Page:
“Even without the therapy and introduction to the 12 steps, just being in the wilderness can be transformative,” said Four Circles field director, Todd Ransdell. “When you add in all of the counseling, peer support, and substance abuse treatment, you’ve got an intervention that really makes a difference.”
The Healing Sound of Silence
For young adults today, it’s easy to live unconsciously. Instead of dealing with emotions and responsibilities they don’t feel prepared to handle, they can turn to an endless variety of distractions like watching television, playing video games, or drowning the internal noise with drugs or alcohol.
“Addicts, in particular, are really good at focusing away from what’s going on inside,” noted Ransdell. “When you take away the ability to distract yourself from the real issues, you have no choice but to take an honest look. That’s what wilderness does. You get back to basics – get up, eat, pack, hike, unpack, eat, go to sleep – and learn to take good care of yourself in the process.”
“Wilderness therapy will test your limits physically, emotionally, and spiritually better than any person or therapist could,” added Four Circles therapist Corinne Brown. “It also brings about a sense of solitude and peace you just can’t find in other places.”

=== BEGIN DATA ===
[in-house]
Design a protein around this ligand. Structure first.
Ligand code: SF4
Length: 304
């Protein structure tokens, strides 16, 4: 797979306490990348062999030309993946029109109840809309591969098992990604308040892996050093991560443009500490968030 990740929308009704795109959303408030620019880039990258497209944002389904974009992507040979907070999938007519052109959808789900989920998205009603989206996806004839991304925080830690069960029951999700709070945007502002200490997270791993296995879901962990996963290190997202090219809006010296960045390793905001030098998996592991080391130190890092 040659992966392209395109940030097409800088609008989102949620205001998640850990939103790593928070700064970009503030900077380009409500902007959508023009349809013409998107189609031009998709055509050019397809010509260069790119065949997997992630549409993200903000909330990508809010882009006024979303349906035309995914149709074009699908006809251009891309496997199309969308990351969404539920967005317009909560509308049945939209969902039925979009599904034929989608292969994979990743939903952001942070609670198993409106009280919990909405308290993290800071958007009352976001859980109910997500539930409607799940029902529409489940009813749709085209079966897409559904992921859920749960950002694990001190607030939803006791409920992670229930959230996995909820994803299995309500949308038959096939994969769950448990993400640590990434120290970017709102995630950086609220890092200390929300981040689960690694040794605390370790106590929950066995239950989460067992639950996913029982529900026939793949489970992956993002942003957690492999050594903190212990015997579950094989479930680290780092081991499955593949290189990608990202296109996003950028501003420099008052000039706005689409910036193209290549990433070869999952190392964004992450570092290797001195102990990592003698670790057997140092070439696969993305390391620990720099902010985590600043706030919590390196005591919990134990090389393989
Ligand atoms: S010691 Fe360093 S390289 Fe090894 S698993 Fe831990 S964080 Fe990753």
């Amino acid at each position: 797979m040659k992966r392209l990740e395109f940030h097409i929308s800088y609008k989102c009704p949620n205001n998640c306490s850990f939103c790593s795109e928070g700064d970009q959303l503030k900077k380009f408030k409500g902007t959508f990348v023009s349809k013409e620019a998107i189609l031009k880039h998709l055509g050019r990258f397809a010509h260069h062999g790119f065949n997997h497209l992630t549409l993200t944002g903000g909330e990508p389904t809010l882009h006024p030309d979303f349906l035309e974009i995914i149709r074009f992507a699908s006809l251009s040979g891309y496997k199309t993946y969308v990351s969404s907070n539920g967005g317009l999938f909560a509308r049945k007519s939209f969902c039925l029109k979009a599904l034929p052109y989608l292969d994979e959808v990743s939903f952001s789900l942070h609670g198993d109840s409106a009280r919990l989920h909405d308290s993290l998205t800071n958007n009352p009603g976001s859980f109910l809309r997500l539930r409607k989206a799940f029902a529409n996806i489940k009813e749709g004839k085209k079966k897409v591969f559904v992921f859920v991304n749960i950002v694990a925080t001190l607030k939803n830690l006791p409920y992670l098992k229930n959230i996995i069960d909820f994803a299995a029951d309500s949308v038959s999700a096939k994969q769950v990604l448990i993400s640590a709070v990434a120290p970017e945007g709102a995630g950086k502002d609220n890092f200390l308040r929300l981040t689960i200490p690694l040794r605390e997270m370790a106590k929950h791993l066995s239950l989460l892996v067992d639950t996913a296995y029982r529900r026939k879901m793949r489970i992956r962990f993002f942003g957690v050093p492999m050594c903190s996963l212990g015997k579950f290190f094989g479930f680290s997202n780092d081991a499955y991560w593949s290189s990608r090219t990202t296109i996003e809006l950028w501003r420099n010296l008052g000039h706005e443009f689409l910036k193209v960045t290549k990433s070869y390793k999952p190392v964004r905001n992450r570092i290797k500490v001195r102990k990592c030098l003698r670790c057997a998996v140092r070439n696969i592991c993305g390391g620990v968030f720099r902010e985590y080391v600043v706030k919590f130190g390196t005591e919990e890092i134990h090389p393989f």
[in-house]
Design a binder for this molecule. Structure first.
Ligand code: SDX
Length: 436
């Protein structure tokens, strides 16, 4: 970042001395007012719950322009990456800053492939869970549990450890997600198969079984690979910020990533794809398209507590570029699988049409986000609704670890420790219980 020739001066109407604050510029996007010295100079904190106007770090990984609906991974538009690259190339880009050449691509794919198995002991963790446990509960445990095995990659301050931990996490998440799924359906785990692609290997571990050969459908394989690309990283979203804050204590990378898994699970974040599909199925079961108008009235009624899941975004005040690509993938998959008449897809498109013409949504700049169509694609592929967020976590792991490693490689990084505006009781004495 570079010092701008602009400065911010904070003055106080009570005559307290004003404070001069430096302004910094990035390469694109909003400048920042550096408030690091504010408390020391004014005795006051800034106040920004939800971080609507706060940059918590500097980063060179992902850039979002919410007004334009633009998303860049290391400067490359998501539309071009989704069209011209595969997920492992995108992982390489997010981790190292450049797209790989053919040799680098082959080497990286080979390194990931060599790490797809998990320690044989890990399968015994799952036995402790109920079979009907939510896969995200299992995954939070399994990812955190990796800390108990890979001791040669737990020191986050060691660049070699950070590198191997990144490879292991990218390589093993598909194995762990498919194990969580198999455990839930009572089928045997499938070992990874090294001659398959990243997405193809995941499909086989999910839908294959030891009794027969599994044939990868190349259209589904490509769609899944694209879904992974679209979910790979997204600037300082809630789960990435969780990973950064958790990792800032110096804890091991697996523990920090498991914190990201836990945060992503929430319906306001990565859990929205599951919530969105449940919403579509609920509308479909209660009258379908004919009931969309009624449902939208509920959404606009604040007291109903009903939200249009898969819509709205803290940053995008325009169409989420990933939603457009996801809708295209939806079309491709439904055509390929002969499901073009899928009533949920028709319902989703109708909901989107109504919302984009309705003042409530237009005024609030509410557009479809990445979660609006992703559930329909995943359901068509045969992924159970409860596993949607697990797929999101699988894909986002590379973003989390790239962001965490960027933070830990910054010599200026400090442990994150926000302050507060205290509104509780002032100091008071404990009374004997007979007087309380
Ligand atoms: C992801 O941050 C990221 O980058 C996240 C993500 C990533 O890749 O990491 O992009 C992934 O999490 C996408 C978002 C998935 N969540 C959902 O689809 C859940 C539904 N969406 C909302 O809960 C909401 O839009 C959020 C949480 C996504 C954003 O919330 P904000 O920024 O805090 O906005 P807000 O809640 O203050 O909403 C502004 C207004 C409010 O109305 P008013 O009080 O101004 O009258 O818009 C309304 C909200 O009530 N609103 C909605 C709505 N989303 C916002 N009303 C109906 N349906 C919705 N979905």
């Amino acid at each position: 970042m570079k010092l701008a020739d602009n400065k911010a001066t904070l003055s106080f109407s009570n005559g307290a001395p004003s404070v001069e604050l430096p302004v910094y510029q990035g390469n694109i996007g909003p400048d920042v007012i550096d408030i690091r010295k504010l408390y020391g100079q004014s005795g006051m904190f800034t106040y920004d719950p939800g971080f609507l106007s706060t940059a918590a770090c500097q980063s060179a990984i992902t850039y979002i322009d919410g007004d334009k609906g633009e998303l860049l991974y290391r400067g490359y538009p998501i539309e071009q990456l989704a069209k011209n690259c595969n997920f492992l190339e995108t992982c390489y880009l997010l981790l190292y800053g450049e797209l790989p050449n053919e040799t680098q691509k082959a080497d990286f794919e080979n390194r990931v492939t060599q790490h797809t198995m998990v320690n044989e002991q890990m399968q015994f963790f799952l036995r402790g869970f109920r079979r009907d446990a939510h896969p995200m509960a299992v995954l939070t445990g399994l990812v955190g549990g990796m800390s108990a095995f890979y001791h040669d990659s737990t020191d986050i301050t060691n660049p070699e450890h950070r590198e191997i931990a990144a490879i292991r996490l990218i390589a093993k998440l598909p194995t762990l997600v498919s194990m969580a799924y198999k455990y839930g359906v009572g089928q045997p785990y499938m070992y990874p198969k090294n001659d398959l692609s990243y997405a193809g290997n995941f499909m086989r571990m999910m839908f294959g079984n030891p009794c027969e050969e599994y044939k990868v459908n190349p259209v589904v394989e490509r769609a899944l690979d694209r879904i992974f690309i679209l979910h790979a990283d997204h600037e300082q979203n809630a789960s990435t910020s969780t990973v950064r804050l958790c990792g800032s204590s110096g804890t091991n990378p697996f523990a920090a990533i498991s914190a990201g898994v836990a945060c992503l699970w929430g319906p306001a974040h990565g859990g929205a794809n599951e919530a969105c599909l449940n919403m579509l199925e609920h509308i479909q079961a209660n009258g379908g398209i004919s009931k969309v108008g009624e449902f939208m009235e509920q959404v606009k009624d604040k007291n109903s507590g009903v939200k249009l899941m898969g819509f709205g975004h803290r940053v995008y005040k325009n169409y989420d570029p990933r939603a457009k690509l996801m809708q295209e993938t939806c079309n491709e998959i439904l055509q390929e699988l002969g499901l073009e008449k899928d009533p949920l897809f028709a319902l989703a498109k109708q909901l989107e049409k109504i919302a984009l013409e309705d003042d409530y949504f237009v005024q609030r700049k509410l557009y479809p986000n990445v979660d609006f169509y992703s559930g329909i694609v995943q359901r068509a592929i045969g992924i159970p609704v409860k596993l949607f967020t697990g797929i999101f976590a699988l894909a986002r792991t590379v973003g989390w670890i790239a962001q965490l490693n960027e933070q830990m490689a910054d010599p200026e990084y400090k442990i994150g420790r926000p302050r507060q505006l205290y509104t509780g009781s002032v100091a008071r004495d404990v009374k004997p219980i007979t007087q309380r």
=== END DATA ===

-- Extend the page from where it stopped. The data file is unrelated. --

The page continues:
Embracing the 12-Step Philosophy
At Four Circles, participants spend one to two weeks hiking and camping in the wilderness and then return to base camp to shower, discuss their experiences, and prepare for the next wilderness expedition. The 12-step model is integrated into the program – attending meetings at base camp, in the field, and in the community – to help young people familiarize themselves with the extensive support available to them through the 12-step program.
By being introduced to the 12-step program during wilderness therapy, young people take their first steps on the road to recovery. The 12 steps also provide a template for continued recovery outside the wilderness program, along with the ability to give and receive support anywhere in the world.
Through therapy and adventure-based counseling, individuals who used to be intensely focused on themselves begin to acknowledge the natural consequences of their actions. In the wilderness, if a group member chooses not to help pack up camp or prepare a meal, the rest of the group holds him accountable for that decision. If a participant fails to set up a shelter, he learns a valuable lesson in self-care. Eventually, the participants realize they are part of a cohesive unit, which mirrors the structure of a family, and learn the importance of contributing and cooperating both in the field and at home.
Becoming an Effective Adult
Wilderness therapy appeals to many families as the “wake-up call” they’ve been looking for. With a goal of maintaining each young adult’s Peter Pan-like creativity and youthfulness, tempered by the rewards and responsibilities of becoming a dependable adult, Four Circles has been effective in reaching hundreds of young adults struggling to transition between adolescence and adulthood.
As one Four Circles field instructor described, “There’s nothing like seeing a young person with no self-respect or motivation become a leader who reaches out and cares for other members of the group, and is better prepared to be an effective adult after just five or six weeks in the wilderness.”

By Meghan Vivo